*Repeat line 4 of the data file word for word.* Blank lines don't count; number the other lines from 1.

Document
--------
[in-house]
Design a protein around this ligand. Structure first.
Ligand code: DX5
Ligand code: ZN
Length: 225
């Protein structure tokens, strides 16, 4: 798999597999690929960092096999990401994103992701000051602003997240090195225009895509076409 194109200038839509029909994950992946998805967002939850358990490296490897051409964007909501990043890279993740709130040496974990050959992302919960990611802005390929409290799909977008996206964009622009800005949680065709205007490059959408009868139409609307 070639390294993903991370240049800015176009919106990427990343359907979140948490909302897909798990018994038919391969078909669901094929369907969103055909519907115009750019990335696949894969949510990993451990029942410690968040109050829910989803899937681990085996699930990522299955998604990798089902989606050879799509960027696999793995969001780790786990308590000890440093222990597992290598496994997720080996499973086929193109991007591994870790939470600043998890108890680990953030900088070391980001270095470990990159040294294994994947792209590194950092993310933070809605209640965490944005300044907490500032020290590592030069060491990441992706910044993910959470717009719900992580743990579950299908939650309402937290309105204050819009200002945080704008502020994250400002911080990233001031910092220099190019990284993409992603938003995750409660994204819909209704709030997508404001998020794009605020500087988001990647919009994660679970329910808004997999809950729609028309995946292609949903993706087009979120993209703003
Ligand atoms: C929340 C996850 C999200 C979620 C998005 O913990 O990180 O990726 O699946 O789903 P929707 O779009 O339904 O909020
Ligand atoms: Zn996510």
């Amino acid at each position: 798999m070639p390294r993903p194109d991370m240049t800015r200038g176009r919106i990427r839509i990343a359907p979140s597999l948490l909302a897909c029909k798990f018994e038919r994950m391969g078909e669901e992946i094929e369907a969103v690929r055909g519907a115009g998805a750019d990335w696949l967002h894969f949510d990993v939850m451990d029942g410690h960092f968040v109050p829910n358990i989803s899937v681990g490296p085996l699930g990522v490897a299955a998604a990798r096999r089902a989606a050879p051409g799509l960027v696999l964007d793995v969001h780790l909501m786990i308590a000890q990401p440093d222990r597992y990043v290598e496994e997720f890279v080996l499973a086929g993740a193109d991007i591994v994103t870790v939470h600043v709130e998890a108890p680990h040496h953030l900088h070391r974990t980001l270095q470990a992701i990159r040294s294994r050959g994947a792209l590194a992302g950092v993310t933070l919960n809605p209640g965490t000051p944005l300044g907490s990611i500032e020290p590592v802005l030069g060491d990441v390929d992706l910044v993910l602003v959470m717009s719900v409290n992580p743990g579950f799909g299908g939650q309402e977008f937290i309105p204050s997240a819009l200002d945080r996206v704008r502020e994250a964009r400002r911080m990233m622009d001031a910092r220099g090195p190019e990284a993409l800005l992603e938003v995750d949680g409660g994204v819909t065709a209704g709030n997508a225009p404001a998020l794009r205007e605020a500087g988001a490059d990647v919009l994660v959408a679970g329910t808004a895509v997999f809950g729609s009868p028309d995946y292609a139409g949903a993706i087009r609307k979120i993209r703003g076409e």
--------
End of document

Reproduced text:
Ligand code: ZN